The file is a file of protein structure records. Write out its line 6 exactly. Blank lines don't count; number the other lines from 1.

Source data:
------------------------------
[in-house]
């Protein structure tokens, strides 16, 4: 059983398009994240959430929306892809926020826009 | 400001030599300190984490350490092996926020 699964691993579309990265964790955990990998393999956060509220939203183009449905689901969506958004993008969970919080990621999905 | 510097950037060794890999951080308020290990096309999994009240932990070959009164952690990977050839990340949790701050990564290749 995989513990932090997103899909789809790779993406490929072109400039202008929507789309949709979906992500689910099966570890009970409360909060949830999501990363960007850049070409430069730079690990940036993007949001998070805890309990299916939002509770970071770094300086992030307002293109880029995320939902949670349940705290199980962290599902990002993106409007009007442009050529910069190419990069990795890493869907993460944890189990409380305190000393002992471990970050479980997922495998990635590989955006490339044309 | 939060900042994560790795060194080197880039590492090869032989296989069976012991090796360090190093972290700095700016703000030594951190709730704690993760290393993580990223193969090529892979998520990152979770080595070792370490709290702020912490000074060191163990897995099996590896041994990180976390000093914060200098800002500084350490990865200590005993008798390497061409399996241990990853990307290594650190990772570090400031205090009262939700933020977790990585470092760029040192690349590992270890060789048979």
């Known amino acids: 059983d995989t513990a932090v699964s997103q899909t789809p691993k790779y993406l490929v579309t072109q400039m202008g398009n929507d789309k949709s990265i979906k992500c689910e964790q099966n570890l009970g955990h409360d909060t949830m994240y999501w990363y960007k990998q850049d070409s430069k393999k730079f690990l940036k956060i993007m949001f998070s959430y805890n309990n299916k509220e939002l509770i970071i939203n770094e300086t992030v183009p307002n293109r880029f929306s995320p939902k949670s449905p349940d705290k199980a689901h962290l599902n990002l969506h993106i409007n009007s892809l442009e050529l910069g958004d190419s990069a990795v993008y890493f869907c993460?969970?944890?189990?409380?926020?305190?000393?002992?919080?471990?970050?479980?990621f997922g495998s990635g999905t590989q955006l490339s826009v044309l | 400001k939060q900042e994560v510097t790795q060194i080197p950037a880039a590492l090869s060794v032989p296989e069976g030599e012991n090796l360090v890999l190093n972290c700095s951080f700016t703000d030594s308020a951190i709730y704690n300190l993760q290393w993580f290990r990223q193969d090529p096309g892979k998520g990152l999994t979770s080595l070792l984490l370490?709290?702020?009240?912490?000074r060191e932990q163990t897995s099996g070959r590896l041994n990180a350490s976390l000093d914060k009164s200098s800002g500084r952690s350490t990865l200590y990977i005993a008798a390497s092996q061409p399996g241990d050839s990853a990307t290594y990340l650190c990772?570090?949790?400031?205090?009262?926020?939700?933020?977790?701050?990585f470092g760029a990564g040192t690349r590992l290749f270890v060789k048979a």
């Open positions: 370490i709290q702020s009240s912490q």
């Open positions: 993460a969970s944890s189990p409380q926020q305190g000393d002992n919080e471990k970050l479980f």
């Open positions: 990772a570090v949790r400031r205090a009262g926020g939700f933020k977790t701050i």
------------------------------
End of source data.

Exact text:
């Open positions: 990772a570090v949790r400031r205090a009262g926020g939700f933020k977790t701050i």